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painfull sicknesse, Pompey came to see him, and excused himselfe he had chosen so unfit an houre to heare him discourse of Philosophy: 'God forbid (answered Possidonius) that ever paine should so farre usurpe upon me as to hinder me from discoursing of so worthy a subject. {Sidney+} And thereupon began to speake of the contempt of paine.  But there whilst she plaied her part, and uncessantly pinched and urged him, gainst whom hee exclaimed: 'Paine doe what thou list, I shall never be drawne to say that thou art an evill.' That saying, which they would make of such consequence, what doth it interre against the contempt of paine? it contends but for the word.  And if the pangs thereof move him not therewhilst, why breakes he off his discourse for it?  Why thinks he to worke a great exploit, not to call it an evil?  All doth not consist in imagination.  Heere we judge of the rest.  It is assured learning that here doth play her part, our owne senses are judges of it.

Qui nisi sunt veri; ratio quogue falsa sit omnis./1

Which senses if they be not true
All reason's false, it must ensue.

Shall we make our skin beleeve the stripes of a whip doe tickle it? and perswade our taste that Aloes be wine of Graves?  Pirrhos hog is here in our predicament.  He is nothing danted at death, but if you beat him he will grunt, crie, and torment himselfe.  Shall wee force the general law of nature, which in all living creatures under heaven is seene to tremble at paine?  The very trees seeme to groane at offences.  Death is but felt by discourse, because it is the motion of an instant.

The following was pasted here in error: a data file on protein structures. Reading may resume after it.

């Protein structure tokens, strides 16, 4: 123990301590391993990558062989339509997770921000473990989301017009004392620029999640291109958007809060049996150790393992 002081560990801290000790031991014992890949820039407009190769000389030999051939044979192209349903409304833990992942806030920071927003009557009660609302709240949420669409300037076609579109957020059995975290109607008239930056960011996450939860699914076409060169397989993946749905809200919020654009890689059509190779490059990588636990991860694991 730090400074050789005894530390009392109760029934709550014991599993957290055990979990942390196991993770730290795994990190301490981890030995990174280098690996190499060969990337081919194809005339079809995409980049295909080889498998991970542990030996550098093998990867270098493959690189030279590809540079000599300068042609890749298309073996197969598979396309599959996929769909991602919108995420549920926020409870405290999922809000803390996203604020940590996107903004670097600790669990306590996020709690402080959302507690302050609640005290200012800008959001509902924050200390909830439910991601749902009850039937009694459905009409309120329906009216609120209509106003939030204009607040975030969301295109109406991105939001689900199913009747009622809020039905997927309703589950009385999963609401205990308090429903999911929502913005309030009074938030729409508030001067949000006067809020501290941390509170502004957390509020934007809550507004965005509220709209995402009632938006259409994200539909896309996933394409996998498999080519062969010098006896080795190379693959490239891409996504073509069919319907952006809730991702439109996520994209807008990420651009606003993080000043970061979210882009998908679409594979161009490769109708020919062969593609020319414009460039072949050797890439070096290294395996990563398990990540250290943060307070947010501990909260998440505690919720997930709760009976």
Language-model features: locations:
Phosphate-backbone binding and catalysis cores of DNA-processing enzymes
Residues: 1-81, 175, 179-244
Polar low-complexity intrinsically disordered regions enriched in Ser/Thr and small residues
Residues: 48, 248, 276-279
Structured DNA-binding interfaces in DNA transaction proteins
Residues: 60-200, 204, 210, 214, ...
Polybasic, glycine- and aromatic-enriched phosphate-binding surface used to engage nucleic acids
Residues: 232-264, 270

Aut fuit, aut veniet, nihil est praesentis in illa.

Death hath come, or it will not misse;
But in it nothing present is.

Morsque minus paenae, quam mora mortis habet./1
Deaths pain's lesse, roundly acted.
Than when death is protracted.

1 LUCAN. 1. iv. 487. 2 OVID.  Epist.  Ariad. 82.
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     A thousand beasts, a thousand men, are sooner dead than threatned.  Besides, what wee principally call feare in death, it is paine, her customarie fore-runner.  Neverthelesse if we must give credit to an ancient father, Malam mortem non facit, nisi quod sequitur mortem./1 'Nothing but what follows death makes death to be evill.' And I might more truly say, that neither that which goeth before, nor that which commeth after, is no appurtenance of death, we falsely excuse our selves.  And I find by experience that it is rather the impatience of the imagination of death that makes us impatient of the paine, and that we feele it twofold grievous, forasmuch as it threats us to die.  But reason accusing our weaknesse, to feare so sudden a thing, so unavoidable, so insensible; we take this other more excusable pretence.  All evills that have no other danger but of the evill, we count them dangerlesse.  The tooth-ach, the paine of the gowt, how grievous soever, because they kill not, who reckoneth them in the number of Maladies?  Well, suppose that in death wee especially regard the pain:  As also povertie hath nothing to be feared for but what she casteth upon us through famine, thirst, cold, heat, and other miseries, it makes us feele and endure.  So have we nothing to doe but with paine.  I will willingly grant them that it is the worst accident of our being.  For I am the man that hate and shun it as much as possibly may be; because hitherto (thanks be unto God) I have no commerce or dealing with her:  But it is in our power, if not to dissanull, at least to diminish the same, through patience+: and though tne body should be moved thereat, yet to keepe the minde and reason in good temper.  And if it were not so, who then hath brought vertue, valour, force, magnanimitie, and resolution {virtues_list_of+} into credit?  Where shall they play their part if there be no more paine defied?  Avida est periculi virtus: 'Vertue is desirous of danger.'{Hotspur+} If a man must not lie on the hard ground, armed at all assaies, to endure the heat of the scorching Sunne, to
1 SEN.  Quar.  Von. cap iv.